Wednesday, February 22, 2017

... about the perils of using the 'first' operator in rxJava

RxJava is a wonderful tool to do computation logic and stream processing. However, it sometimes behaves in unexpected ways. One of these will be discussed below:


first and single operator

According to the javadoc, first turns an observable into one that only returns 1 element and then terminates.

There's a similar operator called single. The difference is that the latter expects the source observable to only emit 1 item:
So, use first when you don't care how many items the source observable will emit. Otherwise use single.

When abstractions leak

However, they behave different when you add doOnCompleted, doOnTerminate and doAfterTerminate to the mix. These operators allow you to do some side effects after the last item has been emitted.

The following code will print "onCompleted called":
   Observable.just(1)
        .doOnCompleted(() -> System.out.println("onCompleted called") )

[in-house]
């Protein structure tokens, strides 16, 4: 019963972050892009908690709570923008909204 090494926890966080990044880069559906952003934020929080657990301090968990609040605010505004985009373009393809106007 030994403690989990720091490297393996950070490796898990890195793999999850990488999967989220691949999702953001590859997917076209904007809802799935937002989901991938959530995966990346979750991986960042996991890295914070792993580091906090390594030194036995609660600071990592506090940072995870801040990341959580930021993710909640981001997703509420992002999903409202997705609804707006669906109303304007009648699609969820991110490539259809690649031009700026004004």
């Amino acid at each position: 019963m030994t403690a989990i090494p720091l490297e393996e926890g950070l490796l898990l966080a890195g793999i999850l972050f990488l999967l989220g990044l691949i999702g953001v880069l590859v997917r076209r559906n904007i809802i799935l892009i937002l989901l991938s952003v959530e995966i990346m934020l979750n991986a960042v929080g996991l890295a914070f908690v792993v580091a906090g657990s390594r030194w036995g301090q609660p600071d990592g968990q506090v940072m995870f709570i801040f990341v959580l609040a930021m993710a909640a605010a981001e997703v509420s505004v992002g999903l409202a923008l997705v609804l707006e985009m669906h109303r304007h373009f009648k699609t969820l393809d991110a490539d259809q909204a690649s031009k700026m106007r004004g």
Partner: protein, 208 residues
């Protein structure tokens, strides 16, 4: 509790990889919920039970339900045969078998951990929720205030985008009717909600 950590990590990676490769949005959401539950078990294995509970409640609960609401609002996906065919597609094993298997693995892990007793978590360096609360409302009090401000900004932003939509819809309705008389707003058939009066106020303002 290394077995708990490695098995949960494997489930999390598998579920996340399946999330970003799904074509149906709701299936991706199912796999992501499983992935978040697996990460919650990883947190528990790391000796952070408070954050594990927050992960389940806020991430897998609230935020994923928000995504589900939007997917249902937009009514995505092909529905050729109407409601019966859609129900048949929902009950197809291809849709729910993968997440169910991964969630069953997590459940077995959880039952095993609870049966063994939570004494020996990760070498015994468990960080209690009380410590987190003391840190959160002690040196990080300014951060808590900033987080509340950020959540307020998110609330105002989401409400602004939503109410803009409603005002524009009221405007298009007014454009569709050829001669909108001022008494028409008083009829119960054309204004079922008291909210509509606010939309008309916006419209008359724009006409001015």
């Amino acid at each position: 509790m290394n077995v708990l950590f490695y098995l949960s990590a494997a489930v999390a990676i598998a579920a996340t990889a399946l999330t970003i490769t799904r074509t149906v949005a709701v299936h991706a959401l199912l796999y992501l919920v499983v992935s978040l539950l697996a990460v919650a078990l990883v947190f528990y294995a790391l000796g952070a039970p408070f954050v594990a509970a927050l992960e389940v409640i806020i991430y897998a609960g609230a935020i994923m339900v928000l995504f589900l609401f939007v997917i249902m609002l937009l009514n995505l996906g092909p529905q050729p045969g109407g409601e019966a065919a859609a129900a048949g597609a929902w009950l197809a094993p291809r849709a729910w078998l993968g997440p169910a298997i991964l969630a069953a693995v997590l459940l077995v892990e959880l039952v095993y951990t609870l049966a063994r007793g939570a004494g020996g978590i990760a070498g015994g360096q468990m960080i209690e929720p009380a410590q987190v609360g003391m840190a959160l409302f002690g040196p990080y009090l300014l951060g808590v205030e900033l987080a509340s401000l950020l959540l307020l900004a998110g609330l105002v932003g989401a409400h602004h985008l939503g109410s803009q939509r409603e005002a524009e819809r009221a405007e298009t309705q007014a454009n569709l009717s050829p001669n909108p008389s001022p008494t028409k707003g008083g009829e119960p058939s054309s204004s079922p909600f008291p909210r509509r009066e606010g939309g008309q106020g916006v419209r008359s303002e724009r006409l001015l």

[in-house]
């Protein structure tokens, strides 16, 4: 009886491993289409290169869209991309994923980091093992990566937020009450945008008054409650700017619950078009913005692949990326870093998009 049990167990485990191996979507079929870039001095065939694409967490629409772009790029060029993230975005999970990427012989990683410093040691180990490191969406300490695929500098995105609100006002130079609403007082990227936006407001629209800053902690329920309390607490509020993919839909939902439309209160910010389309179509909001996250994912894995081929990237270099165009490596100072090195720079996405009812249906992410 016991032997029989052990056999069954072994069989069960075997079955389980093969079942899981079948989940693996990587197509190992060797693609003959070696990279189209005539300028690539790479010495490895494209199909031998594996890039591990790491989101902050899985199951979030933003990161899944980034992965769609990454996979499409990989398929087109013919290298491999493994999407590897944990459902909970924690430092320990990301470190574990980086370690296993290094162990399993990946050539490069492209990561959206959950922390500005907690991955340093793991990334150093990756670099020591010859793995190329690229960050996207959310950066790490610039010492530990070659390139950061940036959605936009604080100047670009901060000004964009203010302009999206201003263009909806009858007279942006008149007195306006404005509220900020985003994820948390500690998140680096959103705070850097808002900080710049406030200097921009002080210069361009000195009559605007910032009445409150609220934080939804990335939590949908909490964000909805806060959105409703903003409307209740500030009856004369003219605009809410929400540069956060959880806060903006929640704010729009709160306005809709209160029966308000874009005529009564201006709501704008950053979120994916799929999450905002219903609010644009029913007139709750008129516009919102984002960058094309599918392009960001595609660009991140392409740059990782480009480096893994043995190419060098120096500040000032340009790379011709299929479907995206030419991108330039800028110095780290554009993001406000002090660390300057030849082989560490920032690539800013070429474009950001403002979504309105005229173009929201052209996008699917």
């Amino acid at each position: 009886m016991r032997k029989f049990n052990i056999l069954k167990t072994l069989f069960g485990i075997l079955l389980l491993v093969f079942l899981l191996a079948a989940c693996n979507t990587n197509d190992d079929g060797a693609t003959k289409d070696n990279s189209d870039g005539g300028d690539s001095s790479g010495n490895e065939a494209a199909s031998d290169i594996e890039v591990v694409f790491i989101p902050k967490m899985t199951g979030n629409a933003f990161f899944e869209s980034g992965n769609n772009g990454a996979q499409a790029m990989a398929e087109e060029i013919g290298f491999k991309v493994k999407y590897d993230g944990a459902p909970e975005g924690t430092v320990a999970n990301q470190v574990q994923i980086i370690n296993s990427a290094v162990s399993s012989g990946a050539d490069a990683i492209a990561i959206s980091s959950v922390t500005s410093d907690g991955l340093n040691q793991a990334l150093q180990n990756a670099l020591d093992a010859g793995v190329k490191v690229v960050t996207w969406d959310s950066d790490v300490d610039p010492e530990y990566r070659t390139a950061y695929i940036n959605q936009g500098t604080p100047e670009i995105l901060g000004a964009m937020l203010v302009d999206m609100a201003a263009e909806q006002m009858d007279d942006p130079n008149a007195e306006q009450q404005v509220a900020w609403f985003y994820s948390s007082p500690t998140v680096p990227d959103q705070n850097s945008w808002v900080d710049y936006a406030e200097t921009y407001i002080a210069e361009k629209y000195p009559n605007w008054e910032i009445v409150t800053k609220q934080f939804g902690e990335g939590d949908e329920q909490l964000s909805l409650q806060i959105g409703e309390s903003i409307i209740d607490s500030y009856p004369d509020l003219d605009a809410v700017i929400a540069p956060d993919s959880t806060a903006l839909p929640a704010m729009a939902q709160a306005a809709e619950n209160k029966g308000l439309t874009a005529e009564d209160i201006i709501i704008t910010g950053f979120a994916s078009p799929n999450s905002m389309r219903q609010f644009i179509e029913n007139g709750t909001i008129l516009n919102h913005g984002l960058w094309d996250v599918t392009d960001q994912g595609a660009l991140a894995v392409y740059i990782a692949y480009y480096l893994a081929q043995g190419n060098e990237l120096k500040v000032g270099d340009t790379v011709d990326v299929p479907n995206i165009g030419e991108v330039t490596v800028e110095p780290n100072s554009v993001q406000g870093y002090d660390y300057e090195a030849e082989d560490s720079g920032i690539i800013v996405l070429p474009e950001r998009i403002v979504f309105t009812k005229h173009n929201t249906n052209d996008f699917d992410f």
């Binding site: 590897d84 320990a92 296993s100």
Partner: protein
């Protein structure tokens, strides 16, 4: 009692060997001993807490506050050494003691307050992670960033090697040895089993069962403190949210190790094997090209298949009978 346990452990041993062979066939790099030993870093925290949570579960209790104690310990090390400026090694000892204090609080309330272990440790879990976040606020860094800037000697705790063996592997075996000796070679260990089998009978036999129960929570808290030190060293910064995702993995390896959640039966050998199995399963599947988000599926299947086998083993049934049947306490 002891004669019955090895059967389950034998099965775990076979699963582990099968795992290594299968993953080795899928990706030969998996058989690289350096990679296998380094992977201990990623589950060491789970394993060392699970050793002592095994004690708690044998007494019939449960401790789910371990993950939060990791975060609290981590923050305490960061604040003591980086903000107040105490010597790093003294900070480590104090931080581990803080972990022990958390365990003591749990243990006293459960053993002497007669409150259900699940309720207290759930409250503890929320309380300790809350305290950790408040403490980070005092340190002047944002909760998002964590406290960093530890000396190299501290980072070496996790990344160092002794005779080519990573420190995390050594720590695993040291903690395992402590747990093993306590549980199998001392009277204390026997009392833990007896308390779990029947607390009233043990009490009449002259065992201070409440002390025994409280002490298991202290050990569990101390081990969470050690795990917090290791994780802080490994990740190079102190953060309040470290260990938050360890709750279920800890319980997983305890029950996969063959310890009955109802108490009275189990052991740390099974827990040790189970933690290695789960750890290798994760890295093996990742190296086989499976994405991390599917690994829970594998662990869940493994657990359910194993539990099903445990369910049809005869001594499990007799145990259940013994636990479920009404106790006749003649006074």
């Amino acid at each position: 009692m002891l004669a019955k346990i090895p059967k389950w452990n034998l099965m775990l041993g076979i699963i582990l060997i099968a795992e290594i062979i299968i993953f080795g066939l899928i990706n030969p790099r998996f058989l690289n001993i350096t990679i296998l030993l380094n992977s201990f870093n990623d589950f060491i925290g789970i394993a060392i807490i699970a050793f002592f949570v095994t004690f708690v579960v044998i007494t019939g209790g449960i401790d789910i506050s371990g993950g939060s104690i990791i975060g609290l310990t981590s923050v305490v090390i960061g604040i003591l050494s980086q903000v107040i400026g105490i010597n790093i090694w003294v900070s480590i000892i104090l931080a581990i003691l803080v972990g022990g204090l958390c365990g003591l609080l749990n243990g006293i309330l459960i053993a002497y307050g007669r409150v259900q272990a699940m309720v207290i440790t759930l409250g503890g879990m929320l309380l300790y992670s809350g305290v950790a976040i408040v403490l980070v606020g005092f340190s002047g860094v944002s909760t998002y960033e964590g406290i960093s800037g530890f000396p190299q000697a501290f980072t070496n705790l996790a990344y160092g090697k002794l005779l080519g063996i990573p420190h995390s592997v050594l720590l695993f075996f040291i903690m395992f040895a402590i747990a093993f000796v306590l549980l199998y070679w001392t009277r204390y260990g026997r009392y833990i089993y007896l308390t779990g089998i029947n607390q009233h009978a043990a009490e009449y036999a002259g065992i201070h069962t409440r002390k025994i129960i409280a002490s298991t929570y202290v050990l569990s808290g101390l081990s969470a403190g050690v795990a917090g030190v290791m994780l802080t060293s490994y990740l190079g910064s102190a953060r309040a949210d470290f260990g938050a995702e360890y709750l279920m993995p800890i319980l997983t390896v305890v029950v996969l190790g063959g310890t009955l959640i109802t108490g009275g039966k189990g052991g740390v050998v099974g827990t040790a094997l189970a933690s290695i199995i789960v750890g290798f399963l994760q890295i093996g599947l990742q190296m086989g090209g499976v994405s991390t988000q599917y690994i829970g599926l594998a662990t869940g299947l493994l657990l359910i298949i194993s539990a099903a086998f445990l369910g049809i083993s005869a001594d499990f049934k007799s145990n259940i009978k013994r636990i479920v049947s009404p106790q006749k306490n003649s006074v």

.single()
        .subscribe()


The next code won't:
   Observable.just(1)
        .doOnCompleted(() -> System.out.println("onCompleted called") )
        .first()
        .subscribe()


The next example will:
   Observable.just(1)
        .first()
        .doOnCompleted(() -> System.out.println("onCompleted called") )
        .subscribe()


So, you will get different behavior depending on where you put doOnCompleted and if you use single or first.

The reason why first behaves unexpectedly is because it unsubscribes from the source observable ones it receives the first element. As a consequence the source observable never has the opportunity to signal completion. As a result, an upstream doOnCompleted handler is never called while a downstream doOnCompleted handler is.

By contrast, single will wait until it receives the completion signal from the source observable allowing upstream doOnCompleted handlers to be called.

Greetings
Jan